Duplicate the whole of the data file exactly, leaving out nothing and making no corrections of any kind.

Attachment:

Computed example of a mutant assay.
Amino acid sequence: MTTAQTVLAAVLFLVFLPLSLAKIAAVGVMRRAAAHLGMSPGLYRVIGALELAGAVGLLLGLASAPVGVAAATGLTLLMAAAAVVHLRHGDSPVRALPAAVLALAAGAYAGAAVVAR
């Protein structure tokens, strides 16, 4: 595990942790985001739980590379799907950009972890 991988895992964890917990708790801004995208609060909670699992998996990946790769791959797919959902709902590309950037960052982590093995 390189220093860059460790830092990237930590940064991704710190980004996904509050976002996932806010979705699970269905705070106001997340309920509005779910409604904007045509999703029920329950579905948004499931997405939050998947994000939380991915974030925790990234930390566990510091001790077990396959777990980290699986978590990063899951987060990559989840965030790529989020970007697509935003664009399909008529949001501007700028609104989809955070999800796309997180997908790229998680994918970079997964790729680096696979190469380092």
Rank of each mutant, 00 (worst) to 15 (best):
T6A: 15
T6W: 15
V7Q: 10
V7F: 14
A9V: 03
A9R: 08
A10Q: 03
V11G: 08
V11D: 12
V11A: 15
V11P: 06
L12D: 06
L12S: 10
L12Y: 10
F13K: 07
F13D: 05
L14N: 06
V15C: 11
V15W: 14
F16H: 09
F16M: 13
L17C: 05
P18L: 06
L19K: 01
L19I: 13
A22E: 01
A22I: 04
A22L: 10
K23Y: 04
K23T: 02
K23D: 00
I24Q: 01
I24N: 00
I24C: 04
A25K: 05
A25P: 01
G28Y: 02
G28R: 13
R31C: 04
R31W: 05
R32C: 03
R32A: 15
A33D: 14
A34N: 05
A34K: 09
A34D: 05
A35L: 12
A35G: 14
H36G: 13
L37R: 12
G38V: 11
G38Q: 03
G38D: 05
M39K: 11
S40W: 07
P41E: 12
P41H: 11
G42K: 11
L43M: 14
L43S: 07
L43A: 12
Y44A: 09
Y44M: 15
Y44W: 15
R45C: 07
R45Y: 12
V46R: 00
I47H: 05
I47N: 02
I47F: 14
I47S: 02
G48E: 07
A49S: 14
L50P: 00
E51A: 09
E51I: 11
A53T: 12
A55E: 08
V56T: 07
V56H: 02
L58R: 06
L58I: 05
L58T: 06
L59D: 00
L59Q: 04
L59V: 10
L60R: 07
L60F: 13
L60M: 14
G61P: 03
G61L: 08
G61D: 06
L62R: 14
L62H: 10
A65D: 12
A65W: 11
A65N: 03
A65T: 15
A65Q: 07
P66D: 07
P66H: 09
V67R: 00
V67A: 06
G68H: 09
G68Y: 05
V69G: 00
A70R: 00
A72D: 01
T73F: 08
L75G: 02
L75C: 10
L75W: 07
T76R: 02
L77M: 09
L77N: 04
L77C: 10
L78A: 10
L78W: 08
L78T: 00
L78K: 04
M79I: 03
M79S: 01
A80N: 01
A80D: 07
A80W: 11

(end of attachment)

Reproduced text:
Computed example of a mutant assay.
Amino acid sequence: MTTAQTVLAAVLFLVFLPLSLAKIAAVGVMRRAAAHLGMSPGLYRVIGALELAGAVGLLLGLASAPVGVAAATGLTLLMAAAAVVHLRHGDSPVRALPAAVLALAAGAYAGAAVVAR
């Protein structure tokens, strides 16, 4: 595990942790985001739980590379799907950009972890 991988895992964890917990708790801004995208609060909670699992998996990946790769791959797919959902709902590309950037960052982590093995 390189220093860059460790830092990237930590940064991704710190980004996904509050976002996932806010979705699970269905705070106001997340309920509005779910409604904007045509999703029920329950579905948004499931997405939050998947994000939380991915974030925790990234930390566990510091001790077990396959777990980290699986978590990063899951987060990559989840965030790529989020970007697509935003664009399909008529949001501007700028609104989809955070999800796309997180997908790229998680994918970079997964790729680096696979190469380092």
Rank of each mutant, 00 (worst) to 15 (best):
T6A: 15
T6W: 15
V7Q: 10
V7F: 14
A9V: 03
A9R: 08
A10Q: 03
V11G: 08
V11D: 12
V11A: 15
V11P: 06
L12D: 06
L12S: 10
L12Y: 10
F13K: 07
F13D: 05
L14N: 06
V15C: 11
V15W: 14
F16H: 09
F16M: 13
L17C: 05
P18L: 06
L19K: 01
L19I: 13
A22E: 01
A22I: 04
A22L: 10
K23Y: 04
K23T: 02
K23D: 00
I24Q: 01
I24N: 00
I24C: 04
A25K: 05
A25P: 01
G28Y: 02
G28R: 13
R31C: 04
R31W: 05
R32C: 03
R32A: 15
A33D: 14
A34N: 05
A34K: 09
A34D: 05
A35L: 12
A35G: 14
H36G: 13
L37R: 12
G38V: 11
G38Q: 03
G38D: 05
M39K: 11
S40W: 07
P41E: 12
P41H: 11
G42K: 11
L43M: 14
L43S: 07
L43A: 12
Y44A: 09
Y44M: 15
Y44W: 15
R45C: 07
R45Y: 12
V46R: 00
I47H: 05
I47N: 02
I47F: 14
I47S: 02
G48E: 07
A49S: 14
L50P: 00
E51A: 09
E51I: 11
A53T: 12
A55E: 08
V56T: 07
V56H: 02
L58R: 06
L58I: 05
L58T: 06
L59D: 00
L59Q: 04
L59V: 10
L60R: 07
L60F: 13
L60M: 14
G61P: 03
G61L: 08
G61D: 06
L62R: 14
L62H: 10
A65D: 12
A65W: 11
A65N: 03
A65T: 15
A65Q: 07
P66D: 07
P66H: 09
V67R: 00
V67A: 06
G68H: 09
G68Y: 05
V69G: 00
A70R: 00
A72D: 01
T73F: 08
L75G: 02
L75C: 10
L75W: 07
T76R: 02
L77M: 09
L77N: 04
L77C: 10
L78A: 10
L78W: 08
L78T: 00
L78K: 04
M79I: 03
M79S: 01
A80N: 01
A80D: 07
A80W: 11